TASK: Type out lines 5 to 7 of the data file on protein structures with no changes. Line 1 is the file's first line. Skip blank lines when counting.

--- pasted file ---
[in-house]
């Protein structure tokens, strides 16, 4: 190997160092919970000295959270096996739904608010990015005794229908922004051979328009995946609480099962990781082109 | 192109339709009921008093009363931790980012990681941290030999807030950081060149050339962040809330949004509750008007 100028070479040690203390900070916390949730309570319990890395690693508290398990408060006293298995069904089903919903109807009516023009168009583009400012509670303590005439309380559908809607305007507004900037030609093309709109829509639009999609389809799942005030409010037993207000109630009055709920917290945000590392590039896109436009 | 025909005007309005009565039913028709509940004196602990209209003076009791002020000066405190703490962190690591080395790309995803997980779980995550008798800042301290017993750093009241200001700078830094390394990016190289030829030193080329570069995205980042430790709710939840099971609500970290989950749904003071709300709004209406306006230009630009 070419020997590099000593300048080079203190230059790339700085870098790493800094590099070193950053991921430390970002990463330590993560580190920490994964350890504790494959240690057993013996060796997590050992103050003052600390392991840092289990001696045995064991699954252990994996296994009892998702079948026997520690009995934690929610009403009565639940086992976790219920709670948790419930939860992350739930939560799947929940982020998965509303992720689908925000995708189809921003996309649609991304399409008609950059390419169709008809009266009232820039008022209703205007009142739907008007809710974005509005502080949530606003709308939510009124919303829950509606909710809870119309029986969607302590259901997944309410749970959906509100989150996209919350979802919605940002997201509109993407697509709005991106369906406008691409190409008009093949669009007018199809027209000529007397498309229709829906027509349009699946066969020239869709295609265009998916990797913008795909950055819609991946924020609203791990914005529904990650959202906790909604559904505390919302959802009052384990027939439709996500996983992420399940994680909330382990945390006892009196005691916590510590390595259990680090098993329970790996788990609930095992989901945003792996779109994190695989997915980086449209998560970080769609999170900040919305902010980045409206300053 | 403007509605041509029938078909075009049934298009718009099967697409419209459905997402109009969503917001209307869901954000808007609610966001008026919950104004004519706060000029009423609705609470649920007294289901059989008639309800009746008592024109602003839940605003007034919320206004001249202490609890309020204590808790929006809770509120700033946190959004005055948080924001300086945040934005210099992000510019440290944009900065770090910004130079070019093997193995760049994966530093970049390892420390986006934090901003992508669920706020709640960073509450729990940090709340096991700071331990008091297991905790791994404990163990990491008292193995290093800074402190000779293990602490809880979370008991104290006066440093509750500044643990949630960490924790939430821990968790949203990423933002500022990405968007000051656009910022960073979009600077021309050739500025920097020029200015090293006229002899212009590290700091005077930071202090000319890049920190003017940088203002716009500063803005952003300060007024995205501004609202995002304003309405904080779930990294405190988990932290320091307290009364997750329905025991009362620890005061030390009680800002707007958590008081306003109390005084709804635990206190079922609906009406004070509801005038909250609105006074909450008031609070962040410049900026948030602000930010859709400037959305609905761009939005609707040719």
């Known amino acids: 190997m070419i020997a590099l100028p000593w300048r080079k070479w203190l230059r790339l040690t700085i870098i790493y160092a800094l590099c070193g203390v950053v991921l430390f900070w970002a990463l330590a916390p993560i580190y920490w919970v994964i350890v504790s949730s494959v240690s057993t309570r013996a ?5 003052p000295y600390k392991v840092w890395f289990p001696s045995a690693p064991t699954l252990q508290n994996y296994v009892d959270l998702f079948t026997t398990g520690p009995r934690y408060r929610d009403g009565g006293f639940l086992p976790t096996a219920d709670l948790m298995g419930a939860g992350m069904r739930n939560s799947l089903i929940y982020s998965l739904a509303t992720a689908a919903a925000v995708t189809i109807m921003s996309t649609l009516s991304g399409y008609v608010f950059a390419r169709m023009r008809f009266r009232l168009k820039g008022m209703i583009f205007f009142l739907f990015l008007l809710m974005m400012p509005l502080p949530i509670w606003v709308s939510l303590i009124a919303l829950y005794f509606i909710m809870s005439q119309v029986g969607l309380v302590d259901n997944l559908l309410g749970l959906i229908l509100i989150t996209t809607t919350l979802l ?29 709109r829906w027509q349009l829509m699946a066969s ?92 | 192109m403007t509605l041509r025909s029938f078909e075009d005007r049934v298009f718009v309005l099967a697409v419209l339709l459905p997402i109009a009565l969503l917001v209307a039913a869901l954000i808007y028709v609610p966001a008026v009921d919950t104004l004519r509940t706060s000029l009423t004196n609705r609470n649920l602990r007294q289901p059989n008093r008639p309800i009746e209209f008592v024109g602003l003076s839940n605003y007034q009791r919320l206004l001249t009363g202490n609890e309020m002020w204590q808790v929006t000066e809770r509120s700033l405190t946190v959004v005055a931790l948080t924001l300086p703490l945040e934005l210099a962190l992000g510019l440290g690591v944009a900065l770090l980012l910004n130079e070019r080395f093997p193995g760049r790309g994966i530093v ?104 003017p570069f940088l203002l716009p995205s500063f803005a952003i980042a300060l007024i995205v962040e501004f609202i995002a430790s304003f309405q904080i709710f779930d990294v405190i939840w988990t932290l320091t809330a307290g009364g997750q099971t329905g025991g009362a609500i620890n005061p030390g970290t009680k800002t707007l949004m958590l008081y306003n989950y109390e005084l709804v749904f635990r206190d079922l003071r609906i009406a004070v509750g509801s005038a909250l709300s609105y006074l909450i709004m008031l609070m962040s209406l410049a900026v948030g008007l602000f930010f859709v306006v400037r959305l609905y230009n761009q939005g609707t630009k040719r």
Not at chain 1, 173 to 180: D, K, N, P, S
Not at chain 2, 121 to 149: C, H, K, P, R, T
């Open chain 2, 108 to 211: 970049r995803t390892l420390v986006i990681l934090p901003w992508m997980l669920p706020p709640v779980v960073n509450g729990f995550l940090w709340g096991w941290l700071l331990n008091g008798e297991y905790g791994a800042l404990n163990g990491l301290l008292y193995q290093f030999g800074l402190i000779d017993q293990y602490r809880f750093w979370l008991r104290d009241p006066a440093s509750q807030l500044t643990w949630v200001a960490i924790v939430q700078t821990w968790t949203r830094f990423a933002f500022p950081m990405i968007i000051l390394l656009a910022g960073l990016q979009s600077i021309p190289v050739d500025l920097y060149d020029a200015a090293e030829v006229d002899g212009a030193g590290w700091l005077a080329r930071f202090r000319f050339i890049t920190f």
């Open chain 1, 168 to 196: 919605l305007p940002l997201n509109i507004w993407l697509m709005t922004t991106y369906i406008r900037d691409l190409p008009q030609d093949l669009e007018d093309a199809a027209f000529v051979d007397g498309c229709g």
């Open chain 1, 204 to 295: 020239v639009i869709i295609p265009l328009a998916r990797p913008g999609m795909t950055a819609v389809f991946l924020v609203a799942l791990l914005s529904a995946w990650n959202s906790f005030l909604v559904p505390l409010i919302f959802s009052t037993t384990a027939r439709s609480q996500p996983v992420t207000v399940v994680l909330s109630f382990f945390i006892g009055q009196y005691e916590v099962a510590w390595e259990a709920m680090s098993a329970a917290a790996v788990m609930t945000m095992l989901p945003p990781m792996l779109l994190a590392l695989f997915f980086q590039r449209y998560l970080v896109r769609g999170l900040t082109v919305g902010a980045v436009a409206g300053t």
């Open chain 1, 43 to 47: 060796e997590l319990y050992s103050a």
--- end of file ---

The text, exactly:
Not at chain 2, 121 to 149: C, H, K, P, R, T
């Open chain 2, 108 to 211: 970049r995803t390892l420390v986006i990681l934090p901003w992508m997980l669920p706020p709640v779980v960073n509450g729990f995550l940090w709340g096991w941290l700071l331990n008091g008798e297991y905790g791994a800042l404990n163990g990491l301290l008292y193995q290093f030999g800074l402190i000779d017993q293990y602490r809880f750093w979370l008991r104290d009241p006066a440093s509750q807030l500044t643990w949630v200001a960490i924790v939430q700078t821990w968790t949203r830094f990423a933002f500022p950081m990405i968007i000051l390394l656009a910022g960073l990016q979009s600077i021309p190289v050739d500025l920097y060149d020029a200015a090293e030829v006229d002899g212009a030193g590290w700091l005077a080329r930071f202090r000319f050339i890049t920190f």
């Open chain 1, 168 to 196: 919605l305007p940002l997201n509109i507004w993407l697509m709005t922004t991106y369906i406008r900037d691409l190409p008009q030609d093949l669009e007018d093309a199809a027209f000529v051979d007397g498309c229709g």